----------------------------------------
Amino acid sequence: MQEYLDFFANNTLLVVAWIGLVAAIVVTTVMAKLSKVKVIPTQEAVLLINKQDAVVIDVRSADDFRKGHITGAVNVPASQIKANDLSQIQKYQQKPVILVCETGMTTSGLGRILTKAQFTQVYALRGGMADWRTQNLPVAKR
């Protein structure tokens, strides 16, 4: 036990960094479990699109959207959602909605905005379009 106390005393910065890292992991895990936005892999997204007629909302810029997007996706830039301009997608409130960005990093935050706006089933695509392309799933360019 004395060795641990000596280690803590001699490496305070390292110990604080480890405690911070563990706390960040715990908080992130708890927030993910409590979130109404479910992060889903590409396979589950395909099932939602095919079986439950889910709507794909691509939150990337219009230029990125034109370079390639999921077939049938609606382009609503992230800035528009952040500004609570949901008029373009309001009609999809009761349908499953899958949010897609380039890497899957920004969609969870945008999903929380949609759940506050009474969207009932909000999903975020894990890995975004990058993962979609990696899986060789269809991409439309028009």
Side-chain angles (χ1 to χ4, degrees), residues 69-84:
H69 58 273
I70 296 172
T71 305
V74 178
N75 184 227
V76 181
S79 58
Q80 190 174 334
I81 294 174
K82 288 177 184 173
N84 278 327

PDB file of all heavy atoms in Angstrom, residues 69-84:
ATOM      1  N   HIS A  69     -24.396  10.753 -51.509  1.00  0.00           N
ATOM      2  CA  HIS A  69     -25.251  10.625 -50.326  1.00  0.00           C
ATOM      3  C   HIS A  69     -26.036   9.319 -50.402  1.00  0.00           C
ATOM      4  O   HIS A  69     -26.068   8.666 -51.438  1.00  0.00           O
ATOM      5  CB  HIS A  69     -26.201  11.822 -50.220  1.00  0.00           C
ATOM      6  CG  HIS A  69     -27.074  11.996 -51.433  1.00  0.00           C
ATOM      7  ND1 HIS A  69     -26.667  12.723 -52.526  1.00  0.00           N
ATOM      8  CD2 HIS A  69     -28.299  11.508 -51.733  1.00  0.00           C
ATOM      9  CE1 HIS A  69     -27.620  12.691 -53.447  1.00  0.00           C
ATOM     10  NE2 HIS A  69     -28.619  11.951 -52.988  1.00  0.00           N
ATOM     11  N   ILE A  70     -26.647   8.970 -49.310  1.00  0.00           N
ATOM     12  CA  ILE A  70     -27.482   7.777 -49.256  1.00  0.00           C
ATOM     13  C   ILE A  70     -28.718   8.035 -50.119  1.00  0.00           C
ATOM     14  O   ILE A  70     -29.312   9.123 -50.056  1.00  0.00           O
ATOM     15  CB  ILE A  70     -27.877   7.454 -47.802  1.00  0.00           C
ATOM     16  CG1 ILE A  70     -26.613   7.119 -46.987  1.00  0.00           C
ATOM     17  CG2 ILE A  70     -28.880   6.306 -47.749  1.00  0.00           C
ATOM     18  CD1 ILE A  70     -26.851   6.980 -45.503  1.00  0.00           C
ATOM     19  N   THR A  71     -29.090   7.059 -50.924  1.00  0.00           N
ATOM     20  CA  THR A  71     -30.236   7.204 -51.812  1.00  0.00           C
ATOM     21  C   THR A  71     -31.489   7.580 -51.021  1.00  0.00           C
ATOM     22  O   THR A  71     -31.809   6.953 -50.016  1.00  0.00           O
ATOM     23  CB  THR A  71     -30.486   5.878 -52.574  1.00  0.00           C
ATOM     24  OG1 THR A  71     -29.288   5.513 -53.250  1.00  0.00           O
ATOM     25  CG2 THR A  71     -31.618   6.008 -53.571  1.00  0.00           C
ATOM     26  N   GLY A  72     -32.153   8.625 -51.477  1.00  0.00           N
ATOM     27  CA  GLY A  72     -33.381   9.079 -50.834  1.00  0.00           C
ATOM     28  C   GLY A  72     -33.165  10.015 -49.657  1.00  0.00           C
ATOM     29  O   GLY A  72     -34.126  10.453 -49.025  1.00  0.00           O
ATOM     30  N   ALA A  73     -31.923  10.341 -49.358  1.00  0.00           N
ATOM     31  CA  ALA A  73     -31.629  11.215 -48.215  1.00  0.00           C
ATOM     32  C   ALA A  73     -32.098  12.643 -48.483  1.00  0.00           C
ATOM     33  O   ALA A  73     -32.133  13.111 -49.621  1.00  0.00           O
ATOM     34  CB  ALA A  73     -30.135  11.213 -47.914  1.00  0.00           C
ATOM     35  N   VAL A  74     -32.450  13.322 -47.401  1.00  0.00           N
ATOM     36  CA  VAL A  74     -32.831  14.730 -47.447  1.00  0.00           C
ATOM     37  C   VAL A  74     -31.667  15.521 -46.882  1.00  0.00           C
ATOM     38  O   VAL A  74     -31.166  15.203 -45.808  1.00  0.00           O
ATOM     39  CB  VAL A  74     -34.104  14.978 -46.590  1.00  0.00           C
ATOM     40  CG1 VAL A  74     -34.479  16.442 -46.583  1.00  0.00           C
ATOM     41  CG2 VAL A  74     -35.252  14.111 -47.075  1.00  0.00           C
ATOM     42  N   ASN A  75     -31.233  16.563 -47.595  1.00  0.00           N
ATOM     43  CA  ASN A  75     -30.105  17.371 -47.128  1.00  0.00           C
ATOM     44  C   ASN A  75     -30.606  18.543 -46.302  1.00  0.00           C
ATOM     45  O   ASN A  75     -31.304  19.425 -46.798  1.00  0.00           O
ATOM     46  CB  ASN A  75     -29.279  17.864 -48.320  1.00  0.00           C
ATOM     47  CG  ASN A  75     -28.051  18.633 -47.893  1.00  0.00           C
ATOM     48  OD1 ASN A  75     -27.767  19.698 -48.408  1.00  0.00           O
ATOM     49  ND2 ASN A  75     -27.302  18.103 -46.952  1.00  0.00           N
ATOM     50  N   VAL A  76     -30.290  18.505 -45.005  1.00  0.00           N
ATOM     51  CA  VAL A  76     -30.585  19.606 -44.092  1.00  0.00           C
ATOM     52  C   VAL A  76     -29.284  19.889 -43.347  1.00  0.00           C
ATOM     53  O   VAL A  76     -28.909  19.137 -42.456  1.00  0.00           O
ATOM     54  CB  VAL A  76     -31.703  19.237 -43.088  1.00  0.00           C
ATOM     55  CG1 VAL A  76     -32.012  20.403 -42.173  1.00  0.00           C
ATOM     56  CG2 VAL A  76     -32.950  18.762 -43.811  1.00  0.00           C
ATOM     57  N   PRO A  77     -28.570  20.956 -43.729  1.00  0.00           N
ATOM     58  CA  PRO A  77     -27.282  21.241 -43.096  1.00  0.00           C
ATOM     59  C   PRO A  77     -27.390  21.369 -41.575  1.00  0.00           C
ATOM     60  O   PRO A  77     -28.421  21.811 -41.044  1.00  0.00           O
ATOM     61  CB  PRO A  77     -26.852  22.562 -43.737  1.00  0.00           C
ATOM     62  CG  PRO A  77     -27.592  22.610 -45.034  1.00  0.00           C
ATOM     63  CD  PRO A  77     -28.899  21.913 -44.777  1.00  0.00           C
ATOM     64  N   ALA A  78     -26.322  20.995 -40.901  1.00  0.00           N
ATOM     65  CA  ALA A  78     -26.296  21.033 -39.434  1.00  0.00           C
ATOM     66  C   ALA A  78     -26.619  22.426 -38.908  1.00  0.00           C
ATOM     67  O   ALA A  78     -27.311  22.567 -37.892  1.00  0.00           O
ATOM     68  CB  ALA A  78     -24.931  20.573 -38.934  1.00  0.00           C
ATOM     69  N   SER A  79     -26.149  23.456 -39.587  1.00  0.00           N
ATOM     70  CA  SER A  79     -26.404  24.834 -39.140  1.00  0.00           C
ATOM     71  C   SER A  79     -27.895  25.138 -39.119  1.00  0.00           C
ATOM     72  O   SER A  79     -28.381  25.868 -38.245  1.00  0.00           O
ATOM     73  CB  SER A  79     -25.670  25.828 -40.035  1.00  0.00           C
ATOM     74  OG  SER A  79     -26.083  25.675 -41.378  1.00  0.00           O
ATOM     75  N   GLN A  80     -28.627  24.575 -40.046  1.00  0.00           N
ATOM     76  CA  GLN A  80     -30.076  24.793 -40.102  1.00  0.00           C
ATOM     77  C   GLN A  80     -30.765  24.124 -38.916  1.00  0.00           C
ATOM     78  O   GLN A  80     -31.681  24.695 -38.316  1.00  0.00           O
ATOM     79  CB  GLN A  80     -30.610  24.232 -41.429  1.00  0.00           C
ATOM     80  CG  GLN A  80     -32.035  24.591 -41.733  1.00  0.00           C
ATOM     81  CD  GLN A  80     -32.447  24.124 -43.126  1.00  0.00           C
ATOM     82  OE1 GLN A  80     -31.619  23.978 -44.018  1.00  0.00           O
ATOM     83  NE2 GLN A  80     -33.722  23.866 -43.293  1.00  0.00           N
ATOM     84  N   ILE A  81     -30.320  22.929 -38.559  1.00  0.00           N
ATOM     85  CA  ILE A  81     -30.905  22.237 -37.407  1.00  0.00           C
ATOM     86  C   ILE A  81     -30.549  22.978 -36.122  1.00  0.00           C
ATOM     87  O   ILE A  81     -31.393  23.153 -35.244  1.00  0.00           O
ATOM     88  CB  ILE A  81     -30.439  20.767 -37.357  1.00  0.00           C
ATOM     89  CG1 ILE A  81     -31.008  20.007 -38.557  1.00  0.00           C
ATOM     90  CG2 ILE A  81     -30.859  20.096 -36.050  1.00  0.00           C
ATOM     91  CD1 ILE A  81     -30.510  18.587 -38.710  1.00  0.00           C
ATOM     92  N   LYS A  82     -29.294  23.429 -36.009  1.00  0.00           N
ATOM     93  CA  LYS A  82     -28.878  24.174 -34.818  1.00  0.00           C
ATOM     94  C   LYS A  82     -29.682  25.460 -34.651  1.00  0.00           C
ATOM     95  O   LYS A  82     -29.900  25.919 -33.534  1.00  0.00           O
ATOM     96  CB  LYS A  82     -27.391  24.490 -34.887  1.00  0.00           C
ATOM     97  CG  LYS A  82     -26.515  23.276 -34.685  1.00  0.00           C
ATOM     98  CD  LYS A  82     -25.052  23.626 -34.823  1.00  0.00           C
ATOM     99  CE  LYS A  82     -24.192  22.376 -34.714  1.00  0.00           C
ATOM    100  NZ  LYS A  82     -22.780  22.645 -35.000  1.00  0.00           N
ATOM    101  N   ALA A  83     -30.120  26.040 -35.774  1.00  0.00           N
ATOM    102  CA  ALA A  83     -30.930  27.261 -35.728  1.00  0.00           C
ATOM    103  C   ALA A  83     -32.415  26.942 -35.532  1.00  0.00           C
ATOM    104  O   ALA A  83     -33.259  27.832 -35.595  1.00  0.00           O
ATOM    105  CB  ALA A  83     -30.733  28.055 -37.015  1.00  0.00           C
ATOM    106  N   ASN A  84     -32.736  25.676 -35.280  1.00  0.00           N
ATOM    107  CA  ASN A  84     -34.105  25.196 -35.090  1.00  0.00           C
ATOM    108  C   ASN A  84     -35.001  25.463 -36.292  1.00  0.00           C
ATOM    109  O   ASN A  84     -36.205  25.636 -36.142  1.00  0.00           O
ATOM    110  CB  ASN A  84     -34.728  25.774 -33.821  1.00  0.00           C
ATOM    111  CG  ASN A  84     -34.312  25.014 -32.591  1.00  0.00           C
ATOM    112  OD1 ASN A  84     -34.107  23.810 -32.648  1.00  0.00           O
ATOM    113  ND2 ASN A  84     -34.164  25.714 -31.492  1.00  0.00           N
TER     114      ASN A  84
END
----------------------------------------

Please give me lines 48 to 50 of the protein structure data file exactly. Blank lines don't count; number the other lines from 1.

ATOM     33  O   ALA A  73     -32.133  13.111 -49.621  1.00  0.00           O
ATOM     34  CB  ALA A  73     -30.135  11.213 -47.914  1.00  0.00           C
ATOM     35  N   VAL A  74     -32.450  13.322 -47.401  1.00  0.00           N